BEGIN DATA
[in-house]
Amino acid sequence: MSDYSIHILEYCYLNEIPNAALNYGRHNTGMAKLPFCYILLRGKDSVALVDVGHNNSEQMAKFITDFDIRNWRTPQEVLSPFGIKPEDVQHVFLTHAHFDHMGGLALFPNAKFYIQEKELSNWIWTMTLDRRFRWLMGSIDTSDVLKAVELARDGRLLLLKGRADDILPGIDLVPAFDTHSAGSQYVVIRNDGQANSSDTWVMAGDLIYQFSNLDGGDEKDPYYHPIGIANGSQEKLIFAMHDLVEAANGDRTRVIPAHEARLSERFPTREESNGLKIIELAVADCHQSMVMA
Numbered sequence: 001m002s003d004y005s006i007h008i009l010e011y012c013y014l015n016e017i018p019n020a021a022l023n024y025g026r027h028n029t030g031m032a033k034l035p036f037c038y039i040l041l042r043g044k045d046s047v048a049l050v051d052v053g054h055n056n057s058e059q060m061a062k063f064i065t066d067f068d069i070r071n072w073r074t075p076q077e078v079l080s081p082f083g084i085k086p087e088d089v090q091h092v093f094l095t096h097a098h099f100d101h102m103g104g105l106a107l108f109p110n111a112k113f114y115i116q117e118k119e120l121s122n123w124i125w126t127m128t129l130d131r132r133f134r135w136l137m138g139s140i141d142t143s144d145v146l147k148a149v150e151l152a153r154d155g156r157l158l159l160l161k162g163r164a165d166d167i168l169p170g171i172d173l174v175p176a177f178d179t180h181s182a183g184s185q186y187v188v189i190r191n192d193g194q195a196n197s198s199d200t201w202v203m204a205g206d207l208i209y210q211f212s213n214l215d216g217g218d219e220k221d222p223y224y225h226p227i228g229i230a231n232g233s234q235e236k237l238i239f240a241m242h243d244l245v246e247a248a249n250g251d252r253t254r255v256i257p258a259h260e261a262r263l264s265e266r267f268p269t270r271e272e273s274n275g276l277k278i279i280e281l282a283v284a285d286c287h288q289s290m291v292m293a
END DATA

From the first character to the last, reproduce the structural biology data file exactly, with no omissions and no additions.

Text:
[in-house]
Amino acid sequence: MSDYSIHILEYCYLNEIPNAALNYGRHNTGMAKLPFCYILLRGKDSVALVDVGHNNSEQMAKFITDFDIRNWRTPQEVLSPFGIKPEDVQHVFLTHAHFDHMGGLALFPNAKFYIQEKELSNWIWTMTLDRRFRWLMGSIDTSDVLKAVELARDGRLLLLKGRADDILPGIDLVPAFDTHSAGSQYVVIRNDGQANSSDTWVMAGDLIYQFSNLDGGDEKDPYYHPIGIANGSQEKLIFAMHDLVEAANGDRTRVIPAHEARLSERFPTREESNGLKIIELAVADCHQSMVMA
Numbered sequence: 001m002s003d004y005s006i007h008i009l010e011y012c013y014l015n016e017i018p019n020a021a022l023n024y025g026r027h028n029t030g031m032a033k034l035p036f037c038y039i040l041l042r043g044k045d046s047v048a049l050v051d052v053g054h055n056n057s058e059q060m061a062k063f064i065t066d067f068d069i070r071n072w073r074t075p076q077e078v079l080s081p082f083g084i085k086p087e088d089v090q091h092v093f094l095t096h097a098h099f100d101h102m103g104g105l106a107l108f109p110n111a112k113f114y115i116q117e118k119e120l121s122n123w124i125w126t127m128t129l130d131r132r133f134r135w136l137m138g139s140i141d142t143s144d145v146l147k148a149v150e151l152a153r154d155g156r157l158l159l160l161k162g163r164a165d166d167i168l169p170g171i172d173l174v175p176a177f178d179t180h181s182a183g184s185q186y187v188v189i190r191n192d193g194q195a196n197s198s199d200t201w202v203m204a205g206d207l208i209y210q211f212s213n214l215d216g217g218d219e220k221d222p223y224y225h226p227i228g229i230a231n232g233s234q235e236k237l238i239f240a241m242h243d244l245v246e247a248a249n250g251d252r253t254r255v256i257p258a259h260e261a262r263l264s265e266r267f268p269t270r271e272e273s274n275g276l277k278i279i280e281l282a283v284a285d286c287h288q289s290m291v292m293a